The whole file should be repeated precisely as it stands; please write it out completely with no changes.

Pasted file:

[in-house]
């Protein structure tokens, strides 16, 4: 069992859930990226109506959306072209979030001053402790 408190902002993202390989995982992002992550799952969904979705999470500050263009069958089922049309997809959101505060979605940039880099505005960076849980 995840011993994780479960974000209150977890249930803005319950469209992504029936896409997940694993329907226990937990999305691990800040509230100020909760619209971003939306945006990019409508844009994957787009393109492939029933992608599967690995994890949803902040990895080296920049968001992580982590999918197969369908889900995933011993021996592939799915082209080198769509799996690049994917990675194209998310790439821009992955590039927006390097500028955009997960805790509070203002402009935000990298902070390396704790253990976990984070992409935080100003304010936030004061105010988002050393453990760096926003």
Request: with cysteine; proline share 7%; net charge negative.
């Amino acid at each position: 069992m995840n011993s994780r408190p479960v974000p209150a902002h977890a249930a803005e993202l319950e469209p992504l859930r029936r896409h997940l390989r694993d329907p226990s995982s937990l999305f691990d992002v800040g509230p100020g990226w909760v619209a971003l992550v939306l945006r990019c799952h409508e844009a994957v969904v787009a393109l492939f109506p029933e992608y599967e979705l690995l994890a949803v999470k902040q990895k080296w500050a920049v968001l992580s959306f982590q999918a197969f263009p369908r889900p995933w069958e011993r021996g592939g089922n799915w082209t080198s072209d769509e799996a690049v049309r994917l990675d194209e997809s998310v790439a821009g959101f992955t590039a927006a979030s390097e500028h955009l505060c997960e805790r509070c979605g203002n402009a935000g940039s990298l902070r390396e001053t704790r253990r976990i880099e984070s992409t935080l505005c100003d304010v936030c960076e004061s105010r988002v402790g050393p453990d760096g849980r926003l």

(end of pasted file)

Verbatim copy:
[in-house]
């Protein structure tokens, strides 16, 4: 069992859930990226109506959306072209979030001053402790 408190902002993202390989995982992002992550799952969904979705999470500050263009069958089922049309997809959101505060979605940039880099505005960076849980 995840011993994780479960974000209150977890249930803005319950469209992504029936896409997940694993329907226990937990999305691990800040509230100020909760619209971003939306945006990019409508844009994957787009393109492939029933992608599967690995994890949803902040990895080296920049968001992580982590999918197969369908889900995933011993021996592939799915082209080198769509799996690049994917990675194209998310790439821009992955590039927006390097500028955009997960805790509070203002402009935000990298902070390396704790253990976990984070992409935080100003304010936030004061105010988002050393453990760096926003």
Request: with cysteine; proline share 7%; net charge negative.
């Amino acid at each position: 069992m995840n011993s994780r408190p479960v974000p209150a902002h977890a249930a803005e993202l319950e469209p992504l859930r029936r896409h997940l390989r694993d329907p226990s995982s937990l999305f691990d992002v800040g509230p100020g990226w909760v619209a971003l992550v939306l945006r990019c799952h409508e844009a994957v969904v787009a393109l492939f109506p029933e992608y599967e979705l690995l994890a949803v999470k902040q990895k080296w500050a920049v968001l992580s959306f982590q999918a197969f263009p369908r889900p995933w069958e011993r021996g592939g089922n799915w082209t080198s072209d769509e799996a690049v049309r994917l990675d194209e997809s998310v790439a821009g959101f992955t590039a927006a979030s390097e500028h955009l505060c997960e805790r509070c979605g203002n402009a935000g940039s990298l902070r390396e001053t704790r253990r976990i880099e984070s992409t935080l505005c100003d304010v936030c960076e004061s105010r988002v402790g050393p453990d760096g849980r926003l």